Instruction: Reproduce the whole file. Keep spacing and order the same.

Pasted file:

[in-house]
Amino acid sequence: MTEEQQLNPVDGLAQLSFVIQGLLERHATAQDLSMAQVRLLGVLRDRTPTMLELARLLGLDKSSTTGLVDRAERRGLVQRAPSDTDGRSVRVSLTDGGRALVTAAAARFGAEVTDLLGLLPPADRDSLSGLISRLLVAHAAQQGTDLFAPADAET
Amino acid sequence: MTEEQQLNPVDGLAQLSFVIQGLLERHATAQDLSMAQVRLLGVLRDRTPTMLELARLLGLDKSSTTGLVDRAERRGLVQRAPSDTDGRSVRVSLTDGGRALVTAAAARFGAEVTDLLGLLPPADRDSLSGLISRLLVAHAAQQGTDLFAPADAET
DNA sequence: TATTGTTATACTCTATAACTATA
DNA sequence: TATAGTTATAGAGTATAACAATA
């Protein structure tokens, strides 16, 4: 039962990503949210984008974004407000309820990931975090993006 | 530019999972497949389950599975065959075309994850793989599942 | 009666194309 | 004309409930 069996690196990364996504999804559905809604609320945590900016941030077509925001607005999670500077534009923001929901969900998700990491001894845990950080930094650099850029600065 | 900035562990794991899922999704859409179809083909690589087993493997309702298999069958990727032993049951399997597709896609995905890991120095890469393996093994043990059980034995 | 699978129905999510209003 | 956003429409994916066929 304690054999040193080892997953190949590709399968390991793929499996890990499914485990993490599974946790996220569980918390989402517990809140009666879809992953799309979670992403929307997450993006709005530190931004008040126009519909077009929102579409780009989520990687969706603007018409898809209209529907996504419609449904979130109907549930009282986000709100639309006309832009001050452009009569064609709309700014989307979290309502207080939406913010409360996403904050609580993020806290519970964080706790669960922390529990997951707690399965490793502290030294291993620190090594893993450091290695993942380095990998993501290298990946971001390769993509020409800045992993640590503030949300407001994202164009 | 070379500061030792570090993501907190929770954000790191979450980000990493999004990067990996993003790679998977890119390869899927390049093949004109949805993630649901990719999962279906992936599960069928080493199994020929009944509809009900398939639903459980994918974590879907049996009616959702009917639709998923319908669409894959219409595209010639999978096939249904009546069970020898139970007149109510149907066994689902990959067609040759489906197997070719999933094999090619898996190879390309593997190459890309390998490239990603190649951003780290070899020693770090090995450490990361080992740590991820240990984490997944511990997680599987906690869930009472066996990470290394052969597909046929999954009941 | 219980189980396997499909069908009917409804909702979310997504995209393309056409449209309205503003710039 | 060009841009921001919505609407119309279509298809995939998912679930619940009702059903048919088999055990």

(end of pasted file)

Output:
[in-house]
Amino acid sequence: MTEEQQLNPVDGLAQLSFVIQGLLERHATAQDLSMAQVRLLGVLRDRTPTMLELARLLGLDKSSTTGLVDRAERRGLVQRAPSDTDGRSVRVSLTDGGRALVTAAAARFGAEVTDLLGLLPPADRDSLSGLISRLLVAHAAQQGTDLFAPADAET
Amino acid sequence: MTEEQQLNPVDGLAQLSFVIQGLLERHATAQDLSMAQVRLLGVLRDRTPTMLELARLLGLDKSSTTGLVDRAERRGLVQRAPSDTDGRSVRVSLTDGGRALVTAAAARFGAEVTDLLGLLPPADRDSLSGLISRLLVAHAAQQGTDLFAPADAET
DNA sequence: TATTGTTATACTCTATAACTATA
DNA sequence: TATAGTTATAGAGTATAACAATA
């Protein structure tokens, strides 16, 4: 039962990503949210984008974004407000309820990931975090993006 | 530019999972497949389950599975065959075309994850793989599942 | 009666194309 | 004309409930 069996690196990364996504999804559905809604609320945590900016941030077509925001607005999670500077534009923001929901969900998700990491001894845990950080930094650099850029600065 | 900035562990794991899922999704859409179809083909690589087993493997309702298999069958990727032993049951399997597709896609995905890991120095890469393996093994043990059980034995 | 699978129905999510209003 | 956003429409994916066929 304690054999040193080892997953190949590709399968390991793929499996890990499914485990993490599974946790996220569980918390989402517990809140009666879809992953799309979670992403929307997450993006709005530190931004008040126009519909077009929102579409780009989520990687969706603007018409898809209209529907996504419609449904979130109907549930009282986000709100639309006309832009001050452009009569064609709309700014989307979290309502207080939406913010409360996403904050609580993020806290519970964080706790669960922390529990997951707690399965490793502290030294291993620190090594893993450091290695993942380095990998993501290298990946971001390769993509020409800045992993640590503030949300407001994202164009 | 070379500061030792570090993501907190929770954000790191979450980000990493999004990067990996993003790679998977890119390869899927390049093949004109949805993630649901990719999962279906992936599960069928080493199994020929009944509809009900398939639903459980994918974590879907049996009616959702009917639709998923319908669409894959219409595209010639999978096939249904009546069970020898139970007149109510149907066994689902990959067609040759489906197997070719999933094999090619898996190879390309593997190459890309390998490239990603190649951003780290070899020693770090090995450490990361080992740590991820240990984490997944511990997680599987906690869930009472066996990470290394052969597909046929999954009941 | 219980189980396997499909069908009917409804909702979310997504995209393309056409449209309205503003710039 | 060009841009921001919505609407119309279509298809995939998912679930619940009702059903048919088999055990």